Also, as currently scheduled a couple of Russian Progress resupply ships will come to your station during your stay. What is the process of getting the station ready for the arrival of the Progress?

Well the first station crew activity or responsibility is to perform the redundant control loop and to be ready to take control for or using so-called TORU control system. It is…how to explain it? A remote motion control system which provides us the ability to perform approach and docking unmanned spacecraft and to dock it to the station using remote control system. And usually the station crew activates this system and is ready to use it or to perform manual docking in case of failure or like a redundant [system]. And this is the first task. After Progress is docked in this or that way, we'll see the station crew has to reload it to bring everything to the station and to pack to set everything-

Also --

Usually it takes several days.

-- the Russian Soyuz vehicle serves as your lifeboat on board the station at this point. What kind of work would you have to do to get it ready to serve as a lifeboat in case you did have an emergency on orbit?

Well, actually, it is, it should be ready, must be ready, during [the] whole flight. Every moment, every day. And, in case of emergency, we'd just activate all the system and it is ready to be used as a, as you say, lifeboat.

So, it's meant to be pretty simple. That you could just hop right in there and be gone pretty quickly.

It isn't simple. But it doesn't take too long time because we are prepared for this activity. And each crew has to be ready for this very well because it can happen, as I said, before every day, every moment, even in nighttime. So it should be done automatically.

After 4 months or so on orbit, another shuttle, STS-108, arrives bringing your [replacement] crew - the Expedition Four crew. What will have had to have happened for you to consider your mission a success? What sort of milestones do you need to accomplish?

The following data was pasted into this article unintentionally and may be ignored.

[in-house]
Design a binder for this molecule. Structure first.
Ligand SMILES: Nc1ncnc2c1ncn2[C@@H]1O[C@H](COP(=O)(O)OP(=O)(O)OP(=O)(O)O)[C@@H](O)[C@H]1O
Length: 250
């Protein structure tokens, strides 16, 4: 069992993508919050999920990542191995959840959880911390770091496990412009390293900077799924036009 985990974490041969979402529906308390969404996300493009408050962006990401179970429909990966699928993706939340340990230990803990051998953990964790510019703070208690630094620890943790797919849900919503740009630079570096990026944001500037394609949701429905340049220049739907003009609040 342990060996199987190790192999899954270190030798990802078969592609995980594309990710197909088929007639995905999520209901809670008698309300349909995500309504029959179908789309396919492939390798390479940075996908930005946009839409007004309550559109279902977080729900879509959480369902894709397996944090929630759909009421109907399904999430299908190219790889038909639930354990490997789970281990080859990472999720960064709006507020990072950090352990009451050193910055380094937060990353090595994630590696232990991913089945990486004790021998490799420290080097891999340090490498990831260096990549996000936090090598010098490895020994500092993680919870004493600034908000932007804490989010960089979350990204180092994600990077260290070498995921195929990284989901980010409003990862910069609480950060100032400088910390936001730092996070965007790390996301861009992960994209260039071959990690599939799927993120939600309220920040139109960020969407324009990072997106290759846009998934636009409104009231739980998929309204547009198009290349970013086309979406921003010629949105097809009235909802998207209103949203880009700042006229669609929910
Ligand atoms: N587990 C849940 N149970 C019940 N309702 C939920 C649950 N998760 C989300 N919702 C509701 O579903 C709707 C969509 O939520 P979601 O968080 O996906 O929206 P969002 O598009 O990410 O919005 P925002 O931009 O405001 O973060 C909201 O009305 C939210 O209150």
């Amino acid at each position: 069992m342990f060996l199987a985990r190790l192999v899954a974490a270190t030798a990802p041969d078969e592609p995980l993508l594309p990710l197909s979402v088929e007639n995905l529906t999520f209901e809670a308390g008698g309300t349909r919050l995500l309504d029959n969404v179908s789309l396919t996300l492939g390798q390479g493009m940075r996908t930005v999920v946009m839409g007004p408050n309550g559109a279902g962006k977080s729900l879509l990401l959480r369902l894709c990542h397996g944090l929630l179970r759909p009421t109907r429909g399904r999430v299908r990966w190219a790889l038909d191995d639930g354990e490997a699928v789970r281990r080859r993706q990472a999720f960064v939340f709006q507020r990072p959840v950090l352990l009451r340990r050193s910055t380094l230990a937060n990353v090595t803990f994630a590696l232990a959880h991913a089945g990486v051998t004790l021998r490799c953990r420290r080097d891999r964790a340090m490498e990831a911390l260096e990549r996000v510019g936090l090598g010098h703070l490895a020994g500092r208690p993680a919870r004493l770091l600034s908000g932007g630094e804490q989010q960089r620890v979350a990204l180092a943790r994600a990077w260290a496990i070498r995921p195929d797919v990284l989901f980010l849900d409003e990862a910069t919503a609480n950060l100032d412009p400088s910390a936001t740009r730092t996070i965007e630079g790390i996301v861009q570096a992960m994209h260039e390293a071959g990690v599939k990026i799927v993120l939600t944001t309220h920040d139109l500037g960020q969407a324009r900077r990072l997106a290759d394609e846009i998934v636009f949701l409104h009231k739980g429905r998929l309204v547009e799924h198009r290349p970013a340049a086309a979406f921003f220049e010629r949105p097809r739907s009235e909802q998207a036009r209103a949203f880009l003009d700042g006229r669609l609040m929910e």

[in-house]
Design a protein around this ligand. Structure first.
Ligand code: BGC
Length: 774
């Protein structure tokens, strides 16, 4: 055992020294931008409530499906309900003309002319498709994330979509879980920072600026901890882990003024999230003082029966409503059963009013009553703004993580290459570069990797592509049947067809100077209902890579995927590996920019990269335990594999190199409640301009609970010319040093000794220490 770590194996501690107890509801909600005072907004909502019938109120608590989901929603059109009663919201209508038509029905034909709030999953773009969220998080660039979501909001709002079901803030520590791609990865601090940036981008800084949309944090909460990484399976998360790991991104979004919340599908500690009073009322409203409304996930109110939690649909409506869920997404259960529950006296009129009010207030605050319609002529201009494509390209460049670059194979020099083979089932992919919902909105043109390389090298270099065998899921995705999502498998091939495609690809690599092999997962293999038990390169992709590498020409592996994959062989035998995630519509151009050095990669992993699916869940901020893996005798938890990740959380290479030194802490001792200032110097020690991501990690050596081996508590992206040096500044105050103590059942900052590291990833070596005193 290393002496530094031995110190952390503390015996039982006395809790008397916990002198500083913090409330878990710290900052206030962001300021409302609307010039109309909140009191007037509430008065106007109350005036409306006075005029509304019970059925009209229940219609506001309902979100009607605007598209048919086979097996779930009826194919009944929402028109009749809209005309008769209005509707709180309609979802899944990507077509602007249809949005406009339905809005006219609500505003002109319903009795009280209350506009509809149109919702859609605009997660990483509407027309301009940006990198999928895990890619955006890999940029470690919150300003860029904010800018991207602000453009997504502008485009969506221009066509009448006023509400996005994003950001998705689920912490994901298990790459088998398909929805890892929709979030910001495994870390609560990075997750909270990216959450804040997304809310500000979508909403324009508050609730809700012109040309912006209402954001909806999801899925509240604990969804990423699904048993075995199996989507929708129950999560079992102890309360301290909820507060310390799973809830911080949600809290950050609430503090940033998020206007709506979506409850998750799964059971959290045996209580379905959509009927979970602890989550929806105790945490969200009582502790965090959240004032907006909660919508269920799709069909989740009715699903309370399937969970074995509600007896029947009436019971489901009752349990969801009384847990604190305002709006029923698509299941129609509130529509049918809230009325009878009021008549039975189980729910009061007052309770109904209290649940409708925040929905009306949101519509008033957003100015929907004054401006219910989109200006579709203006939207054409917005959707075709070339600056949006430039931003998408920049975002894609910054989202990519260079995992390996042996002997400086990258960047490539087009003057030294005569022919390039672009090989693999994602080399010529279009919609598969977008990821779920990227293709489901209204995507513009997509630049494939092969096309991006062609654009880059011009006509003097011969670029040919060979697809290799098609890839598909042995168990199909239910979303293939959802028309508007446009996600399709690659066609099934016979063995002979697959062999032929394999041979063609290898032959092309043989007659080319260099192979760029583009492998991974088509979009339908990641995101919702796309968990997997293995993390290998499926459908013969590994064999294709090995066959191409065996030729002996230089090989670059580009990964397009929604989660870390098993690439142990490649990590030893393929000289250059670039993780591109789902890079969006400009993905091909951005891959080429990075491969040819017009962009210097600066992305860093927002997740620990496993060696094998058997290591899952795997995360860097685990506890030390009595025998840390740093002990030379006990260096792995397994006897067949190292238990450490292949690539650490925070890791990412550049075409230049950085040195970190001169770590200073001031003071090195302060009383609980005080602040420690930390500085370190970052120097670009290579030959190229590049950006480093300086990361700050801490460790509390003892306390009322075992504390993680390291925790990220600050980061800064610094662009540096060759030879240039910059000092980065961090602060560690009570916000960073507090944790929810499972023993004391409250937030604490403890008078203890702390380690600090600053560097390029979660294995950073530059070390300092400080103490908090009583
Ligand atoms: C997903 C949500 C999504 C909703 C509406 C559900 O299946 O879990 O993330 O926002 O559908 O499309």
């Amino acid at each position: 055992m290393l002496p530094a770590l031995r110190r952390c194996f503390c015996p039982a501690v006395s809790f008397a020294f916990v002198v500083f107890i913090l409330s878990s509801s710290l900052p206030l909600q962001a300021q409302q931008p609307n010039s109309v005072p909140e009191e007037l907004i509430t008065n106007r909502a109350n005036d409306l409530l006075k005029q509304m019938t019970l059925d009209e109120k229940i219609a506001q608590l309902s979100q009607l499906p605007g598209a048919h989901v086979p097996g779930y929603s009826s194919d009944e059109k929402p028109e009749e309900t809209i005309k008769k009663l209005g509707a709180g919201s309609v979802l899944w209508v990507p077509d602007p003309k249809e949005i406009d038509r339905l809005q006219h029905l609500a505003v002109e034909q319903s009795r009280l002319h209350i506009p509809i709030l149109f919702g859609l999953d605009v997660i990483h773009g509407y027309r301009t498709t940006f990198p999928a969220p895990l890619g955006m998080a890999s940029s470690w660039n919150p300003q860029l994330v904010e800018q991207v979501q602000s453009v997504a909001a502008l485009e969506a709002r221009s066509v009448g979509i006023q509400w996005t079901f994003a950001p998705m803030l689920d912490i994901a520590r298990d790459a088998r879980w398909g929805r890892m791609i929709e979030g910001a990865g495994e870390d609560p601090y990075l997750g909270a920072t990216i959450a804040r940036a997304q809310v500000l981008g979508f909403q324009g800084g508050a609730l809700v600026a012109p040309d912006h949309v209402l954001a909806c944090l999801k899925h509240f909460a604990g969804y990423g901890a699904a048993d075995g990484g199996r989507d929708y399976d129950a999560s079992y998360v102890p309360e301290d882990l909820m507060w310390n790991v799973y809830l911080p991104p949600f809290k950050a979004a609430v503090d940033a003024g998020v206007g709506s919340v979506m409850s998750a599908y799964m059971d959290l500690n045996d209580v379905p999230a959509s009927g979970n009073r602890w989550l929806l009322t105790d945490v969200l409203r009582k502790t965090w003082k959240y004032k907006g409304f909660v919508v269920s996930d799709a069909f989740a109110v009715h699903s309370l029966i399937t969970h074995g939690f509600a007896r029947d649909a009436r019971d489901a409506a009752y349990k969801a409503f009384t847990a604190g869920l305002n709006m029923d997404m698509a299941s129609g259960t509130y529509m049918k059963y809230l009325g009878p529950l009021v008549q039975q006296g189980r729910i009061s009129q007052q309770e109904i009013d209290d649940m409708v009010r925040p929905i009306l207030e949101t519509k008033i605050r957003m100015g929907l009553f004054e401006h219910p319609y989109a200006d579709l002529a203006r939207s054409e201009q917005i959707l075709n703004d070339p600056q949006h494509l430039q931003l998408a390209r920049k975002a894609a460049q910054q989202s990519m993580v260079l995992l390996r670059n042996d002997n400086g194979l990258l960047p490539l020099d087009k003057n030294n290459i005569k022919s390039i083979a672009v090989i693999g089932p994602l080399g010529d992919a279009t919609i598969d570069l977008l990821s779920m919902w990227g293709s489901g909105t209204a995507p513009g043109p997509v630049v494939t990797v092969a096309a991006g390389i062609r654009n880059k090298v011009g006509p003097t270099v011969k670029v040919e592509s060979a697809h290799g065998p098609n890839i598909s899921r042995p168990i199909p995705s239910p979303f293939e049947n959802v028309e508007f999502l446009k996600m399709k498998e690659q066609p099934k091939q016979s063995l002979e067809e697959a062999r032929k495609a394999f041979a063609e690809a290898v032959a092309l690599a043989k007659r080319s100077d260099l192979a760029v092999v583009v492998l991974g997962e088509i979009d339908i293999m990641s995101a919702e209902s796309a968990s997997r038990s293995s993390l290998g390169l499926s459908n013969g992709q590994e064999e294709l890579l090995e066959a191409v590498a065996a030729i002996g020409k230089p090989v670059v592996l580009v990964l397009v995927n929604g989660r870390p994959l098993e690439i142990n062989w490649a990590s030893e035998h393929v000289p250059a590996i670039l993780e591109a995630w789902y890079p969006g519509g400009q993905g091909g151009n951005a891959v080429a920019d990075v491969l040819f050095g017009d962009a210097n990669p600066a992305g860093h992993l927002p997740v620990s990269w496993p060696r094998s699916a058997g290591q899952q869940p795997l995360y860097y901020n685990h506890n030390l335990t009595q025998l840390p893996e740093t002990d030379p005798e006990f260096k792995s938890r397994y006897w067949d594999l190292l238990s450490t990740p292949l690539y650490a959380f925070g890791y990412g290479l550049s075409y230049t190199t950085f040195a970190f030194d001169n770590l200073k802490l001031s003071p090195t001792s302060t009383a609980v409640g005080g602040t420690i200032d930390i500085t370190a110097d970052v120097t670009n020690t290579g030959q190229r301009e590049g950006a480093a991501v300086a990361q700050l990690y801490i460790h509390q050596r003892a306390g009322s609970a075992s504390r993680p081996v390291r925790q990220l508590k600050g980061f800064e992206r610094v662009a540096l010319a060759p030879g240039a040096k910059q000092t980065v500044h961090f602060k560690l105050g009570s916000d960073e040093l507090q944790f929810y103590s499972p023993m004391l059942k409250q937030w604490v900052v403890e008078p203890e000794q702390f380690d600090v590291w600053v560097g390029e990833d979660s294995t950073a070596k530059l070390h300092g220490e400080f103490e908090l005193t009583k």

Of course each of us wants to perform everything [that] is scheduled and what is going to be scheduled during the flight. Because sometimes our plans are changed. And usually it isn't, it doesn't make to have a good feeling if you haven't accomplished everything or something. So this is how we understand our main task. And, actually, each item in our flight plan is so-called milestone. But some of them are more important. Some of them are less important. Of course, EVAs are very important because some future plans depend on how successful they are during EVA activities. Scientific [experiments] are also very important, both for the crew and for the ground and for the research teams also, because sometimes it is very expensive programs. And those people have already paid lots of money to NASA to some different people and groups, I don't know where. But, some money [has] been already paid. So we are as a final group who has to accomplish everything. And the scientific results are going to be very important also. And sometimes if some sequence of experiment isn't [provided] in, on time or in correct and proper sequence, some data could be lost forever. So it is, it also makes [these] tasks very important for us. And we understand it. What else? And, of course, the prime priority, the first priority is safety.